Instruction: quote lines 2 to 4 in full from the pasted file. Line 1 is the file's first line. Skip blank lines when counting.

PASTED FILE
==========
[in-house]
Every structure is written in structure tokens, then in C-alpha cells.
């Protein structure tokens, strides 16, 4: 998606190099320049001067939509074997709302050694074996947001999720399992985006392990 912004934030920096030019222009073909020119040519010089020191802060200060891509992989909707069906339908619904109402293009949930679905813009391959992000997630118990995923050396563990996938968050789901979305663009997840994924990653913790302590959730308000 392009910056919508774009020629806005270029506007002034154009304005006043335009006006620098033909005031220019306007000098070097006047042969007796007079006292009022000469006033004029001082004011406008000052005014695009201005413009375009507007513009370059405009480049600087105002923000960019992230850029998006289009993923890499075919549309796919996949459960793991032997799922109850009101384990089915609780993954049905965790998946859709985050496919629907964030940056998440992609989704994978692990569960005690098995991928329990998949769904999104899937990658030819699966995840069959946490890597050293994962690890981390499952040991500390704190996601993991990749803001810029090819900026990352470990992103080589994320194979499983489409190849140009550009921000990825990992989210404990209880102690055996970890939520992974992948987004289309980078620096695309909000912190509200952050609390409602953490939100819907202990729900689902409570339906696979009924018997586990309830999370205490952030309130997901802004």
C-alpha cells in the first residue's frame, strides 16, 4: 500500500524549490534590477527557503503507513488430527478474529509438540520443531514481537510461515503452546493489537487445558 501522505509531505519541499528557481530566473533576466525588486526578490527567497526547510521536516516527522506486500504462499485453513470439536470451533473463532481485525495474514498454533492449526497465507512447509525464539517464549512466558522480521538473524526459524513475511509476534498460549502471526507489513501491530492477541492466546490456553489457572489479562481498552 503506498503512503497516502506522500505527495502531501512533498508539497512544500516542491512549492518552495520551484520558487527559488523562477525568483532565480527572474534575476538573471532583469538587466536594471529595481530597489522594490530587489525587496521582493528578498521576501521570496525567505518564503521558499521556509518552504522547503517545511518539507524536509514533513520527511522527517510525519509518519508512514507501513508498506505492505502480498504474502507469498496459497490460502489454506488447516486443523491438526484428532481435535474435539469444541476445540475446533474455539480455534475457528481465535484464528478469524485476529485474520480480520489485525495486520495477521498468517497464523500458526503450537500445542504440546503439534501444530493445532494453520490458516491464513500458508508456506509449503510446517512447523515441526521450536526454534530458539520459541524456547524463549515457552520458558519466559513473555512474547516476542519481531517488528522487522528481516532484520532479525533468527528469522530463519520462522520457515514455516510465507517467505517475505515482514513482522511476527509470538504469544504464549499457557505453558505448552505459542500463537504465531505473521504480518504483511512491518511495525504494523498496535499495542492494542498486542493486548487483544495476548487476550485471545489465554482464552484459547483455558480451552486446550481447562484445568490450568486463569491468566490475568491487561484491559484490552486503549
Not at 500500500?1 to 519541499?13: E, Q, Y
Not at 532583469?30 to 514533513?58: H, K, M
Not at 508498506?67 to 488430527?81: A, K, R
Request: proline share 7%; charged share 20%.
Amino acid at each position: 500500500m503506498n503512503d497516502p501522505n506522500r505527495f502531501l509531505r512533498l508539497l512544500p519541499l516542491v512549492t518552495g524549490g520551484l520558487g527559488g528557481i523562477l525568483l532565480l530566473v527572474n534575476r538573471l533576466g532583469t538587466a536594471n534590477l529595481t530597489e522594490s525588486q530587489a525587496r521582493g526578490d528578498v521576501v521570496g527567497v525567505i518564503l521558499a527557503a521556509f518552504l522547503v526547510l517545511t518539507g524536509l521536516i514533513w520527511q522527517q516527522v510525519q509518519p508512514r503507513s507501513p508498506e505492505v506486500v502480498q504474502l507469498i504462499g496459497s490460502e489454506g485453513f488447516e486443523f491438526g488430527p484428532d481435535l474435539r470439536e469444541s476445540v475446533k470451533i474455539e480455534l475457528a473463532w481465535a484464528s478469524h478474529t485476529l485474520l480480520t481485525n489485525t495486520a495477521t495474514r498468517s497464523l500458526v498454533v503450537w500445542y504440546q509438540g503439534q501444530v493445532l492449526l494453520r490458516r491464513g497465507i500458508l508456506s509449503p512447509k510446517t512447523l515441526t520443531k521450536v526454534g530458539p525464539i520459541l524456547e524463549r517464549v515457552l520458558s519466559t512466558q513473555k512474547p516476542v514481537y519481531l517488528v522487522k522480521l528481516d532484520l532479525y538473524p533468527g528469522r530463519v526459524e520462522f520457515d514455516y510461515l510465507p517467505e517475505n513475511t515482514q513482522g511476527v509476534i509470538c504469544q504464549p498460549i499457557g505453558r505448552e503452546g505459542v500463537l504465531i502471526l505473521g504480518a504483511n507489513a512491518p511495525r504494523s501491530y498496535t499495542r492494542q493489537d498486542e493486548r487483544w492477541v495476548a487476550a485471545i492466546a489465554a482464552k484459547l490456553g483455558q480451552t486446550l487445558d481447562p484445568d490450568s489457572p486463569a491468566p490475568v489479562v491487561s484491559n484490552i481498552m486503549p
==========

Every structure is written in structure tokens, then in C-alpha cells.
């Protein structure tokens, strides 16, 4: 998606190099320049001067939509074997709302050694074996947001999720399992985006392990 912004934030920096030019222009073909020119040519010089020191802060200060891509992989909707069906339908619904109402293009949930679905813009391959992000997630118990995923050396563990996938968050789901979305663009997840994924990653913790302590959730308000 392009910056919508774009020629806005270029506007002034154009304005006043335009006006620098033909005031220019306007000098070097006047042969007796007079006292009022000469006033004029001082004011406008000052005014695009201005413009375009507007513009370059405009480049600087105002923000960019992230850029998006289009993923890499075919549309796919996949459960793991032997799922109850009101384990089915609780993954049905965790998946859709985050496919629907964030940056998440992609989704994978692990569960005690098995991928329990998949769904999104899937990658030819699966995840069959946490890597050293994962690890981390499952040991500390704190996601993991990749803001810029090819900026990352470990992103080589994320194979499983489409190849140009550009921000990825990992989210404990209880102690055996970890939520992974992948987004289309980078620096695309909000912190509200952050609390409602953490939100819907202990729900689902409570339906696979009924018997586990309830999370205490952030309130997901802004």
C-alpha cells in the first residue's frame, strides 16, 4: 500500500524549490534590477527557503503507513488430527478474529509438540520443531514481537510461515503452546493489537487445558 501522505509531505519541499528557481530566473533576466525588486526578490527567497526547510521536516516527522506486500504462499485453513470439536470451533473463532481485525495474514498454533492449526497465507512447509525464539517464549512466558522480521538473524526459524513475511509476534498460549502471526507489513501491530492477541492466546490456553489457572489479562481498552 503506498503512503497516502506522500505527495502531501512533498508539497512544500516542491512549492518552495520551484520558487527559488523562477525568483532565480527572474534575476538573471532583469538587466536594471529595481530597489522594490530587489525587496521582493528578498521576501521570496525567505518564503521558499521556509518552504522547503517545511518539507524536509514533513520527511522527517510525519509518519508512514507501513508498506505492505502480498504474502507469498496459497490460502489454506488447516486443523491438526484428532481435535474435539469444541476445540475446533474455539480455534475457528481465535484464528478469524485476529485474520480480520489485525495486520495477521498468517497464523500458526503450537500445542504440546503439534501444530493445532494453520490458516491464513500458508508456506509449503510446517512447523515441526521450536526454534530458539520459541524456547524463549515457552520458558519466559513473555512474547516476542519481531517488528522487522528481516532484520532479525533468527528469522530463519520462522520457515514455516510465507517467505517475505515482514513482522511476527509470538504469544504464549499457557505453558505448552505459542500463537504465531505473521504480518504483511512491518511495525504494523498496535499495542492494542498486542493486548487483544495476548487476550485471545489465554482464552484459547483455558480451552486446550481447562484445568490450568486463569491468566490475568491487561484491559484490552486503549